Plasma Neurofilament Light Indicative of Neuronal Damage in Huntington Disease

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Measuring plasma NfL levels is a relatively simple clinical application for patients with Huntington disease.
Measuring plasma NfL levels is a relatively simple clinical application for patients with Huntington disease.

Plasma neurofilament light (NfL) chain protein identifies the progression of neuronal damage in the brain, which may offer prognostic value for Huntington disease (HD), according to findings published in Neurology.

Using data from a cohort of the TRACK-HD study, a multisite longitudinal study featuring premanifest and manifest HD, investigators identified patients from the cross-sectional (n=198) and longitudinal (n=177) analyses of HD gene expansion carriers. The primary goal was to determine associations between measured plasma NfL concentrations and regionally specific brain atrophy in each group. Voxel-based morphometry was used to identify the associations between baseline Nfl concentrations with white matter and gray matter volume, and investigators compared these findings with long-term neuronal changes over a 3-year period.

In both the cortical and subcortical gray matter and white matter, higher baseline Nfl concentrations were associated with reduced brain volume. These associations were particularly pronounced in the occipital lobe and the striatum. After adjustment for age and CAG repeat length, 2 predictors for HD progression, investigators noted that higher Nfl concentrations were primarily associated with volume loss in the occipital cortex, putamen, and caudate. At 3 years, Nfl levels were predictive of occipital gray matter damage as well as reductions in white matter volume.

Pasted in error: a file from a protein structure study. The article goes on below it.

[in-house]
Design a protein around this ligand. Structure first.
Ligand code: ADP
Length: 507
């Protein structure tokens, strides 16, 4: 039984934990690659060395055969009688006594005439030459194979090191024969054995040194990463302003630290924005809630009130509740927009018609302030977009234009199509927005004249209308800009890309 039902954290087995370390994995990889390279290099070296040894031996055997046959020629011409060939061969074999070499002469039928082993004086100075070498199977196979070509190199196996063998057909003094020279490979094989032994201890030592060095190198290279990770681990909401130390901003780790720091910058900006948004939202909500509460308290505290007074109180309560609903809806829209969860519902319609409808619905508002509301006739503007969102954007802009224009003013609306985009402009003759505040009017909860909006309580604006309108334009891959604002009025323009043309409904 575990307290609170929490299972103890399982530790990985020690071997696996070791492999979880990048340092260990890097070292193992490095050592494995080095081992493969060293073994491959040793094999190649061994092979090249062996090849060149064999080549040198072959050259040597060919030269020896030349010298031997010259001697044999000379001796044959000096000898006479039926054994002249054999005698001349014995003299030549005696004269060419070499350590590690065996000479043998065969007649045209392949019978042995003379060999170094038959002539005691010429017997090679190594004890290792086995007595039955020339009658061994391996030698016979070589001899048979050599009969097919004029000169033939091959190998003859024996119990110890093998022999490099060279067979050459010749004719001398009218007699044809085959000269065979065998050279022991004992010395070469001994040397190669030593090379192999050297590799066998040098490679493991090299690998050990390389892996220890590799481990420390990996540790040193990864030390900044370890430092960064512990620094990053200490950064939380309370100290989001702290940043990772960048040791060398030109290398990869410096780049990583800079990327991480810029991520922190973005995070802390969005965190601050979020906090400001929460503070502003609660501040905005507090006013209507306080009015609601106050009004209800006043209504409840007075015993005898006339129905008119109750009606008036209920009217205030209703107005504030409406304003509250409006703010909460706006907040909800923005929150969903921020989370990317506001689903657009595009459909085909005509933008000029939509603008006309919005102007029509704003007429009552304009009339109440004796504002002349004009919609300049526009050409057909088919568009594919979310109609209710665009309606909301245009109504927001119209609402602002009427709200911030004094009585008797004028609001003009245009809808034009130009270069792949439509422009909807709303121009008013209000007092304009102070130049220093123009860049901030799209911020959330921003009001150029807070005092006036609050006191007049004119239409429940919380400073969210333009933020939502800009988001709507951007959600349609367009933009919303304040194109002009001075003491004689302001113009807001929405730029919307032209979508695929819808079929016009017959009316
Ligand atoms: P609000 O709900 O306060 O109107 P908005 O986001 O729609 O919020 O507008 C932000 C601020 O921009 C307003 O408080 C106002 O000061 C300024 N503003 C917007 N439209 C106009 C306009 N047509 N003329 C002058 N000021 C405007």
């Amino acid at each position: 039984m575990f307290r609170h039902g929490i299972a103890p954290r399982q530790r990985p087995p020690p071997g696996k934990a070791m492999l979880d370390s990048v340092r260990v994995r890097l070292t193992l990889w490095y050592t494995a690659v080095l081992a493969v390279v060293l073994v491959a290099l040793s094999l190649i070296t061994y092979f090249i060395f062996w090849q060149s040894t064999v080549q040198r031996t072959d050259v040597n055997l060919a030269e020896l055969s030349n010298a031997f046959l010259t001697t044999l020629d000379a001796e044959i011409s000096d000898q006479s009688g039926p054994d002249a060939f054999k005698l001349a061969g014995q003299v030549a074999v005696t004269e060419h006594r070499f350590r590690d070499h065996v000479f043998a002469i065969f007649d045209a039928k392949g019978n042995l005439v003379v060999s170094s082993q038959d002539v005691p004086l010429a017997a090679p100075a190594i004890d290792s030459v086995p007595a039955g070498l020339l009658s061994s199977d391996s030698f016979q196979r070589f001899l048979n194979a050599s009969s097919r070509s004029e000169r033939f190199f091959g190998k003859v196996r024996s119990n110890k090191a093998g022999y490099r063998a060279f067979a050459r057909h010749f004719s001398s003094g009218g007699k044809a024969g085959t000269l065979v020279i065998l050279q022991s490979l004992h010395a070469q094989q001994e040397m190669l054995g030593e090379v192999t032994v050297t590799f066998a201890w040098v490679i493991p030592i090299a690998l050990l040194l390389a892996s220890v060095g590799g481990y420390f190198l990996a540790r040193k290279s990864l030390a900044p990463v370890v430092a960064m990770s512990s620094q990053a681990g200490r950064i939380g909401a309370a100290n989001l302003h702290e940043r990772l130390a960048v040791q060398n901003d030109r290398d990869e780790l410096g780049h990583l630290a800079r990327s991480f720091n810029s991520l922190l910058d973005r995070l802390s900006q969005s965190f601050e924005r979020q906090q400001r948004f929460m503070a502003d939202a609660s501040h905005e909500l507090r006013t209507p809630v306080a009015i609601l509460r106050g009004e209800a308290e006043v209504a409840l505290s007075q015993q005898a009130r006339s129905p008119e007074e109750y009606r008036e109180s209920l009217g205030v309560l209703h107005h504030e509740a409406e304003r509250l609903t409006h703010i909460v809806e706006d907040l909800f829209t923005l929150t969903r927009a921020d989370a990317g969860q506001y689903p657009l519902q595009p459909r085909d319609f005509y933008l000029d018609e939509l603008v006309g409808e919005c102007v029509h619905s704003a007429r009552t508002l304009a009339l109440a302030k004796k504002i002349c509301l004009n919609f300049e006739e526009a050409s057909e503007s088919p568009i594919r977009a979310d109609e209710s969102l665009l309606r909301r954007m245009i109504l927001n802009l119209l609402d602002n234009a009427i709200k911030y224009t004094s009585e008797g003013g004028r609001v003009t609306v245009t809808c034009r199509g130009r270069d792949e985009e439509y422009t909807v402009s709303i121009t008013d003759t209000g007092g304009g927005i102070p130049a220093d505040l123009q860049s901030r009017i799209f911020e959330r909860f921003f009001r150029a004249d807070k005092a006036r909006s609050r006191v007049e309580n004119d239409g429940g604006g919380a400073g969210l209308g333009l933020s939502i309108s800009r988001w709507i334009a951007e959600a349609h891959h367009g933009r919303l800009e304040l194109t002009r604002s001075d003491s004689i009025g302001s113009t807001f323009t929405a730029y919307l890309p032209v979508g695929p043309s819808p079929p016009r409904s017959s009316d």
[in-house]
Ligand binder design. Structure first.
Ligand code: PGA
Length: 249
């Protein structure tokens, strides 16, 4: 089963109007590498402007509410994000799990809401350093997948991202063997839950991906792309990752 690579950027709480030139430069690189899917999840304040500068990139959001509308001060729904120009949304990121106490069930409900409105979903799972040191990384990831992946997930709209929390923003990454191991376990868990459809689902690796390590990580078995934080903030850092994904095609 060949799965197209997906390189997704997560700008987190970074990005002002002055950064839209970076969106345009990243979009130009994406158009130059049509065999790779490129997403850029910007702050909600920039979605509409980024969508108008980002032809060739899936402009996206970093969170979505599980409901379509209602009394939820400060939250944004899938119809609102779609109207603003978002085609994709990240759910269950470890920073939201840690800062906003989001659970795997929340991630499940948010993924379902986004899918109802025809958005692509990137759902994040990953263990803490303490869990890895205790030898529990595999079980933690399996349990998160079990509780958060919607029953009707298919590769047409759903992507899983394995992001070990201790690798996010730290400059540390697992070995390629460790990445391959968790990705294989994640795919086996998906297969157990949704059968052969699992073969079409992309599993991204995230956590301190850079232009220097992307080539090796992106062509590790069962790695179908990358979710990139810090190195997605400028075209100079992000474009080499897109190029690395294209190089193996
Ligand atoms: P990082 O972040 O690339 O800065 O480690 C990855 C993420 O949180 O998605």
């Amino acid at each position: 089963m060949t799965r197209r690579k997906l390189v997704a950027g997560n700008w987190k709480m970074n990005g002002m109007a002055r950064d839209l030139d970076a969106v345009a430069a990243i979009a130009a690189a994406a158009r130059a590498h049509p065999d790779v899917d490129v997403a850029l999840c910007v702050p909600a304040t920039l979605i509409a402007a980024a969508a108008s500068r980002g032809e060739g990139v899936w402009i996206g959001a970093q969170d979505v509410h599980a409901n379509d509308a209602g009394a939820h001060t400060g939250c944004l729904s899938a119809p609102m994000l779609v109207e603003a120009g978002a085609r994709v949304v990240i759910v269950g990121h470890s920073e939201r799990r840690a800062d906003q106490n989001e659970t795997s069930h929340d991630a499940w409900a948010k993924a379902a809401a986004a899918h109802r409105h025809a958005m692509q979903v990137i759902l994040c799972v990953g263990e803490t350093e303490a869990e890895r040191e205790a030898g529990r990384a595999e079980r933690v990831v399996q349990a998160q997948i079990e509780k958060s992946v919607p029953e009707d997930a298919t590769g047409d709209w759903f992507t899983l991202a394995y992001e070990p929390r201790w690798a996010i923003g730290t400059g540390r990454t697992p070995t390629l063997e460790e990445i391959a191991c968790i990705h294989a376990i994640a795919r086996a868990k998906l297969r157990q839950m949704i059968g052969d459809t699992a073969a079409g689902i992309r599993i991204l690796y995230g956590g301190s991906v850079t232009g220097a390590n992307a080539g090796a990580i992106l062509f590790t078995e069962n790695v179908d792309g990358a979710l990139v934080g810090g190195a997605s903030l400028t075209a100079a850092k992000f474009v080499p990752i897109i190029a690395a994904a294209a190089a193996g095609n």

Because this study was conducted across HD gene expansion carriers in the premanifest and manifest stages, the findings are limited to these subgroups. The investigators also note that the findings are not generalizable to individual HD mutation carriers because of differences in the participants' individual baseline characteristics.

Measuring plasma NfL levels is a relatively simple clinical application for patients with HD, and the findings from this study suggest NfL is a "biomarker that has close links to the underlying pathology of HD and shows promise as a dynamic marker of ongoing neuronal change."

Reference

Johnson EB, Byrne LM, Gregory S, et al. Neurofilament light protein in blood predicts regional atrophy in Huntington disease [published online January 24, 2018]. Neurology. doi: 10.1212/WNL.0000000000005005

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